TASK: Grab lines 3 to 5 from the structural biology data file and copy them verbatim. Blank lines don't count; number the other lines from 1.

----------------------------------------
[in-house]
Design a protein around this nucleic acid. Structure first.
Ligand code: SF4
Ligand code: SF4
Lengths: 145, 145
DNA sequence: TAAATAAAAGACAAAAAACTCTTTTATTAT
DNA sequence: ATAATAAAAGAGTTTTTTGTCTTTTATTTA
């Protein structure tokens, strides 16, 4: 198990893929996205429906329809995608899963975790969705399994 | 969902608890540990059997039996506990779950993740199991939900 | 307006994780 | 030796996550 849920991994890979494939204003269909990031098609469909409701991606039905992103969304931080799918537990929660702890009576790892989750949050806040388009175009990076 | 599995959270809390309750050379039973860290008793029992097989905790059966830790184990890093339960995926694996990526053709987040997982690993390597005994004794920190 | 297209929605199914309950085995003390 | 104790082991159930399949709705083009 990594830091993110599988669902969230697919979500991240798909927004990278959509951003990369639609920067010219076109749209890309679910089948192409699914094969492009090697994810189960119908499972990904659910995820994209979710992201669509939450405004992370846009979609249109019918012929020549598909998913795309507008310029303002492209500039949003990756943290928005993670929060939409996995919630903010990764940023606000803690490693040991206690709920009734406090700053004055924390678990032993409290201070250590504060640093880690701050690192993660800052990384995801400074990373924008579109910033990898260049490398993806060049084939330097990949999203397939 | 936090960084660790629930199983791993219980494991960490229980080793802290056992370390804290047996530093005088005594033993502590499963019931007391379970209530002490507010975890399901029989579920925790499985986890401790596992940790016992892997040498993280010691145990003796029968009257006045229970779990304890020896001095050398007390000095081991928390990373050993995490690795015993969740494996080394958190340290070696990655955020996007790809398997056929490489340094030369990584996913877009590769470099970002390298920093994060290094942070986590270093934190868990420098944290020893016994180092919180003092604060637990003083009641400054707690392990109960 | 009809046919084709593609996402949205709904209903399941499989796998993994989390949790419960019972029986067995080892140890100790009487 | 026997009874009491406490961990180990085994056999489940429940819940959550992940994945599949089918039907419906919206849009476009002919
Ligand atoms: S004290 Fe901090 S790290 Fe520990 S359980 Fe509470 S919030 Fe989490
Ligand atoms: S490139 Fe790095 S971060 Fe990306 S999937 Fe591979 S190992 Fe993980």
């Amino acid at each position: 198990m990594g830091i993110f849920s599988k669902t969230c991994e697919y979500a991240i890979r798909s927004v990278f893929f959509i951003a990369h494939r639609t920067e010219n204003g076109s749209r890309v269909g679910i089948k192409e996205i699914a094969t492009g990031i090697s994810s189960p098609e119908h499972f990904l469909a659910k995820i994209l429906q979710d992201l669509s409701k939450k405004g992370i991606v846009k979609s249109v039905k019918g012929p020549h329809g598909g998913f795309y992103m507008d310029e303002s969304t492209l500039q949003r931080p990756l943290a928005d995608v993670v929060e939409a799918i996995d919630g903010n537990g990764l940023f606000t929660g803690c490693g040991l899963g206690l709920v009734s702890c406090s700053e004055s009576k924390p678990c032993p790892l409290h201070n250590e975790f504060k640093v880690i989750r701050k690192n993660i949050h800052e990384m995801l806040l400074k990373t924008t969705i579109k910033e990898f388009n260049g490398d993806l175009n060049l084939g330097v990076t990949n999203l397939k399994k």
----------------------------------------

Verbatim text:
Ligand code: SF4
Ligand code: SF4
Lengths: 145, 145